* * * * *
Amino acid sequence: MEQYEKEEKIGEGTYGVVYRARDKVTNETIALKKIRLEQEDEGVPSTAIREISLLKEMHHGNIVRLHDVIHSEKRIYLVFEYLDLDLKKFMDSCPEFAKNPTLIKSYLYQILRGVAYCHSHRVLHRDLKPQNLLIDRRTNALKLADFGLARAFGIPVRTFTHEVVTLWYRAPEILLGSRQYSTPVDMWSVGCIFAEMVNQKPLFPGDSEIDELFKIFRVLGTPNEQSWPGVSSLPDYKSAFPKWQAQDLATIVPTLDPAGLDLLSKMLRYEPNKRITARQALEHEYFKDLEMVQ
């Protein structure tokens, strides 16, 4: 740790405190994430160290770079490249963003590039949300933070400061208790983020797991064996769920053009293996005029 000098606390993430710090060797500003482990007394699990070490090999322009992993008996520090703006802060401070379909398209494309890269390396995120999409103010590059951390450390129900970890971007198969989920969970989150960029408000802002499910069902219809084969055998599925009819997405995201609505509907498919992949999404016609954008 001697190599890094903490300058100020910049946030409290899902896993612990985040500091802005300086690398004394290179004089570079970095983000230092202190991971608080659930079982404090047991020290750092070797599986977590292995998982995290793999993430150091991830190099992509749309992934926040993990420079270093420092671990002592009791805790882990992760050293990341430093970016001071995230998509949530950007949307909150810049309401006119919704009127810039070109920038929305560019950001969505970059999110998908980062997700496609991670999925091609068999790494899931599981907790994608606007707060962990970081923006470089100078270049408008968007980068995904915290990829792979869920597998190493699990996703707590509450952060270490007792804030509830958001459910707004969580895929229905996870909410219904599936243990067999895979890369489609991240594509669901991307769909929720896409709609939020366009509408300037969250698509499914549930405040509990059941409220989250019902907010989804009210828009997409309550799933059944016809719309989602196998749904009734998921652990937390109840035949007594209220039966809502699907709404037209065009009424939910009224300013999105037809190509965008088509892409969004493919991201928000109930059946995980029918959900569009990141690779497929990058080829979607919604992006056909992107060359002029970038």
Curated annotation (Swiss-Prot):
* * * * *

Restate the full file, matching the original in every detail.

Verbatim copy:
Amino acid sequence: MEQYEKEEKIGEGTYGVVYRARDKVTNETIALKKIRLEQEDEGVPSTAIREISLLKEMHHGNIVRLHDVIHSEKRIYLVFEYLDLDLKKFMDSCPEFAKNPTLIKSYLYQILRGVAYCHSHRVLHRDLKPQNLLIDRRTNALKLADFGLARAFGIPVRTFTHEVVTLWYRAPEILLGSRQYSTPVDMWSVGCIFAEMVNQKPLFPGDSEIDELFKIFRVLGTPNEQSWPGVSSLPDYKSAFPKWQAQDLATIVPTLDPAGLDLLSKMLRYEPNKRITARQALEHEYFKDLEMVQ
């Protein structure tokens, strides 16, 4: 740790405190994430160290770079490249963003590039949300933070400061208790983020797991064996769920053009293996005029 000098606390993430710090060797500003482990007394699990070490090999322009992993008996520090703006802060401070379909398209494309890269390396995120999409103010590059951390450390129900970890971007198969989920969970989150960029408000802002499910069902219809084969055998599925009819997405995201609505509907498919992949999404016609954008 001697190599890094903490300058100020910049946030409290899902896993612990985040500091802005300086690398004394290179004089570079970095983000230092202190991971608080659930079982404090047991020290750092070797599986977590292995998982995290793999993430150091991830190099992509749309992934926040993990420079270093420092671990002592009791805790882990992760050293990341430093970016001071995230998509949530950007949307909150810049309401006119919704009127810039070109920038929305560019950001969505970059999110998908980062997700496609991670999925091609068999790494899931599981907790994608606007707060962990970081923006470089100078270049408008968007980068995904915290990829792979869920597998190493699990996703707590509450952060270490007792804030509830958001459910707004969580895929229905996870909410219904599936243990067999895979890369489609991240594509669901991307769909929720896409709609939020366009509408300037969250698509499914549930405040509990059941409220989250019902907010989804009210828009997409309550799933059944016809719309989602196998749904009734998921652990937390109840035949007594209220039966809502699907709404037209065009009424939910009224300013999105037809190509965008088509892409969004493919991201928000109930059946995980029918959900569009990141690779497929990058080829979607919604992006056909992107060359002029970038």
Curated annotation (Swiss-Prot):